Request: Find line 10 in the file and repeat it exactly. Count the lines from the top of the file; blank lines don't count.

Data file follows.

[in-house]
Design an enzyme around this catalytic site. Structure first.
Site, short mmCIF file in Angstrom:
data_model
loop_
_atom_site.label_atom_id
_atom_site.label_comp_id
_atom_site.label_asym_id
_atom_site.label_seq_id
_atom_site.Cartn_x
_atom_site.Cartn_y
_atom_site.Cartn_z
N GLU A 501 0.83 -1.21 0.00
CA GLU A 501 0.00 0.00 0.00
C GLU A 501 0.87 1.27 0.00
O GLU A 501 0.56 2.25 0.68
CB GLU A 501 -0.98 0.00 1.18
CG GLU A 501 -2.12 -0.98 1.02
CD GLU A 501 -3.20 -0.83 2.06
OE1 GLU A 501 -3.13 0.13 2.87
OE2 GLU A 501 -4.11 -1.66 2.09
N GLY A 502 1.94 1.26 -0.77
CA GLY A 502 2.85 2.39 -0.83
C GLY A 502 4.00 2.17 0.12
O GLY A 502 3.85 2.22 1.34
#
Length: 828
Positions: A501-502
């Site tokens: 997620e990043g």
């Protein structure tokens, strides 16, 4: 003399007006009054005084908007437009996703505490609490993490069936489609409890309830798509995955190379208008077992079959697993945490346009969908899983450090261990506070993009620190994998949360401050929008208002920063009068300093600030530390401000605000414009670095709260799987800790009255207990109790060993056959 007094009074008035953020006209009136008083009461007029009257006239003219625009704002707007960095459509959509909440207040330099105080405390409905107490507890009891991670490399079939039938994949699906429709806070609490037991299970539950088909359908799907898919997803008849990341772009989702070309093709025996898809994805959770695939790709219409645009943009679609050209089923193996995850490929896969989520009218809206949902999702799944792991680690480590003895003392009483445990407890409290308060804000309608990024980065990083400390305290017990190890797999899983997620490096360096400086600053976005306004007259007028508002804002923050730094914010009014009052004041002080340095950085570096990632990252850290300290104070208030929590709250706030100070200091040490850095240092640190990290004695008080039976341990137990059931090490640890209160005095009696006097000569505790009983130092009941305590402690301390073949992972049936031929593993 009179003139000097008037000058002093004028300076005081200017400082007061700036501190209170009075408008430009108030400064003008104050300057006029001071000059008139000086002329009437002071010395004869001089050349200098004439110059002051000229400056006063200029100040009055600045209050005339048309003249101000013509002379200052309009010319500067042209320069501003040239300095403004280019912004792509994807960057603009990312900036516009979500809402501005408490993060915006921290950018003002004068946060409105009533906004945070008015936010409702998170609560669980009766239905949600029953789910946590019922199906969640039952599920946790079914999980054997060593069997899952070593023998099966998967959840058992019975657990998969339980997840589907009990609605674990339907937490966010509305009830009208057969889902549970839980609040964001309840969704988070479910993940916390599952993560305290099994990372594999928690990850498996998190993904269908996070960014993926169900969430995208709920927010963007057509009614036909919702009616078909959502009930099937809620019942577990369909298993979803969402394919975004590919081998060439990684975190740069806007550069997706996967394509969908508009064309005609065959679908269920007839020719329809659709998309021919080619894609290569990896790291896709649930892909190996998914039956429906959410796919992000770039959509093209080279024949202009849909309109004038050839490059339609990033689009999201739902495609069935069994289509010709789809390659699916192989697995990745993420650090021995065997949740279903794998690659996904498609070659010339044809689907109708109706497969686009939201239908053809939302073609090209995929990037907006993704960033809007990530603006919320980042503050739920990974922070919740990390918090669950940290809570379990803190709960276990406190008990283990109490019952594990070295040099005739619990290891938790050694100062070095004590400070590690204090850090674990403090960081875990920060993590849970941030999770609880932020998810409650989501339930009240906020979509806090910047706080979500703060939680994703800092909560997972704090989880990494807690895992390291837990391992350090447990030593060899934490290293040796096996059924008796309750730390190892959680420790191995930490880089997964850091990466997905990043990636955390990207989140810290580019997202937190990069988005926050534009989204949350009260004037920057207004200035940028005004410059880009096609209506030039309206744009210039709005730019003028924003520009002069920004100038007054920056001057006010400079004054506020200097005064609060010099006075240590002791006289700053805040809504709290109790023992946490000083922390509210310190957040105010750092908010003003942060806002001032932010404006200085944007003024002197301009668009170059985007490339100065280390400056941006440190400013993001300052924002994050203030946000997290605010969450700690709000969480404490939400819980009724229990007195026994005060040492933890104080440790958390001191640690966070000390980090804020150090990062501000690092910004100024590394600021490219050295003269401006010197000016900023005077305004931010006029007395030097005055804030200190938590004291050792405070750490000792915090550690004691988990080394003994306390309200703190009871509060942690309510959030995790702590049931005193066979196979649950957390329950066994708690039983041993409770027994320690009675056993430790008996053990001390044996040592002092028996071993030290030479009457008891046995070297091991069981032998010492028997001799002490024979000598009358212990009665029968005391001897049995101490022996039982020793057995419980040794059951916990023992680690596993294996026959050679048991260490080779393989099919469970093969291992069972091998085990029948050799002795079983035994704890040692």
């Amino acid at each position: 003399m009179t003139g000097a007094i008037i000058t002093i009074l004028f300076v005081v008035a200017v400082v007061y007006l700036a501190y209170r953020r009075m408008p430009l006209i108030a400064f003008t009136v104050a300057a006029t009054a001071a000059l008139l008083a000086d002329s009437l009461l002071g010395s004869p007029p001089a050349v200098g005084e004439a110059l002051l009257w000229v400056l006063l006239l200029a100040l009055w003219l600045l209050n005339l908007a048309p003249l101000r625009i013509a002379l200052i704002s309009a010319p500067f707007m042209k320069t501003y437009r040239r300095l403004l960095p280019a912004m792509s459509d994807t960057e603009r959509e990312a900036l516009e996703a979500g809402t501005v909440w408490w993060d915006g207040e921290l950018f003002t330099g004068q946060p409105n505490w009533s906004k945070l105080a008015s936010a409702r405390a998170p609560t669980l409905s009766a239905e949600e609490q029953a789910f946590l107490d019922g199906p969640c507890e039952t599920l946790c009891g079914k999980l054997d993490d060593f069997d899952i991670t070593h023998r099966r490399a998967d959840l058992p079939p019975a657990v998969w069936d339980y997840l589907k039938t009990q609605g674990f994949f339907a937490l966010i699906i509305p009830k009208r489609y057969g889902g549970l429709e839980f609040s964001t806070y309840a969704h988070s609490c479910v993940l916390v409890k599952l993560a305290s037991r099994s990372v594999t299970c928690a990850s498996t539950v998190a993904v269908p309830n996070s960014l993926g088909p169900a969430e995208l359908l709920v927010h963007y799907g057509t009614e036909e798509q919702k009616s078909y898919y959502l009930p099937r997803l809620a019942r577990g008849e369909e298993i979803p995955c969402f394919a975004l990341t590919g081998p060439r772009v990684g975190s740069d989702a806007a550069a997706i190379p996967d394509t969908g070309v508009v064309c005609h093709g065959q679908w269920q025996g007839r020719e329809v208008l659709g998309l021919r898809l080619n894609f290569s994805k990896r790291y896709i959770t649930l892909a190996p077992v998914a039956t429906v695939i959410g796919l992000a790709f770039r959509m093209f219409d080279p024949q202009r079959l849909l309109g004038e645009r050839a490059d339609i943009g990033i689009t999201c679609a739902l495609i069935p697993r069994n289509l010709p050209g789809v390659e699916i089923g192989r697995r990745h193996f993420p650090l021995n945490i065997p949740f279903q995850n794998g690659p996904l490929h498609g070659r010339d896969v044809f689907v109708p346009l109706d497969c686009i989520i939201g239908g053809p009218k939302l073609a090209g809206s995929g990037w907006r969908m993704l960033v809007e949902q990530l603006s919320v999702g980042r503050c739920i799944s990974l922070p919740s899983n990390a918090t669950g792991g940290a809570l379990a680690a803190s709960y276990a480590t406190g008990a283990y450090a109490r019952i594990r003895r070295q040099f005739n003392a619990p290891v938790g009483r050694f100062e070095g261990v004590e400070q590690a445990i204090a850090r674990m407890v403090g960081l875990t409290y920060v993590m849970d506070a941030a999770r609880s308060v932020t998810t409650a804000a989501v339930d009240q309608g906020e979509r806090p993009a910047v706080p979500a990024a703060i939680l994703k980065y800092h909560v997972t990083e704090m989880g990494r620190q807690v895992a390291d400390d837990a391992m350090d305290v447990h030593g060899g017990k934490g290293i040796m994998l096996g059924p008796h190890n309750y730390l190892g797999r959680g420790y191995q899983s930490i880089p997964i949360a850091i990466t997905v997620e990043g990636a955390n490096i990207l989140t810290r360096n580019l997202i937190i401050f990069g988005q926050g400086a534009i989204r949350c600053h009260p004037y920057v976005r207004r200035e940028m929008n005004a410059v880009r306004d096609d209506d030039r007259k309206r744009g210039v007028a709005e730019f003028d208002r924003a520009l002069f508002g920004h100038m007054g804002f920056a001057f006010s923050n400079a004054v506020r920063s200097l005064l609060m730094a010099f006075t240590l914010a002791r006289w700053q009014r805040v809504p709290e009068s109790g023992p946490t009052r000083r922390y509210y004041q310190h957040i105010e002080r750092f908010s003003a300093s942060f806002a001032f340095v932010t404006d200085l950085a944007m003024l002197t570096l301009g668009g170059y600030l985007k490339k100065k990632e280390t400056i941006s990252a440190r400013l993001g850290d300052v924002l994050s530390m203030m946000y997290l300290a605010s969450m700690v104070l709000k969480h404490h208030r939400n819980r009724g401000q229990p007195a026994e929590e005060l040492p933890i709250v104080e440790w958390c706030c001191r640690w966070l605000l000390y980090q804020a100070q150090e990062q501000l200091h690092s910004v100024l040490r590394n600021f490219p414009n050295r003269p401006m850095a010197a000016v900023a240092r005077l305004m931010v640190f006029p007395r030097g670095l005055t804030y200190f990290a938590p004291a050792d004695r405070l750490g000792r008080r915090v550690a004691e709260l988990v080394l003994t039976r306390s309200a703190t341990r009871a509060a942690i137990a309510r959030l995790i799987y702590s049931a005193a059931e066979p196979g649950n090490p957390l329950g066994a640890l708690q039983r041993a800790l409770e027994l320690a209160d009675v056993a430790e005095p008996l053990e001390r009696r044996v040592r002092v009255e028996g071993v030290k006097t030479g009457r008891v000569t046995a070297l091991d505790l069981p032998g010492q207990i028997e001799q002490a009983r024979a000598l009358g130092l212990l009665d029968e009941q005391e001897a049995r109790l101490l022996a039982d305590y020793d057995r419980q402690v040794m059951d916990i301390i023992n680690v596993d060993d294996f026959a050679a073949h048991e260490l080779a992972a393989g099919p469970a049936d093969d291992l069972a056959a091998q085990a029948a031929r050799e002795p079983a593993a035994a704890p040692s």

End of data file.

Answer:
_atom_site.Cartn_x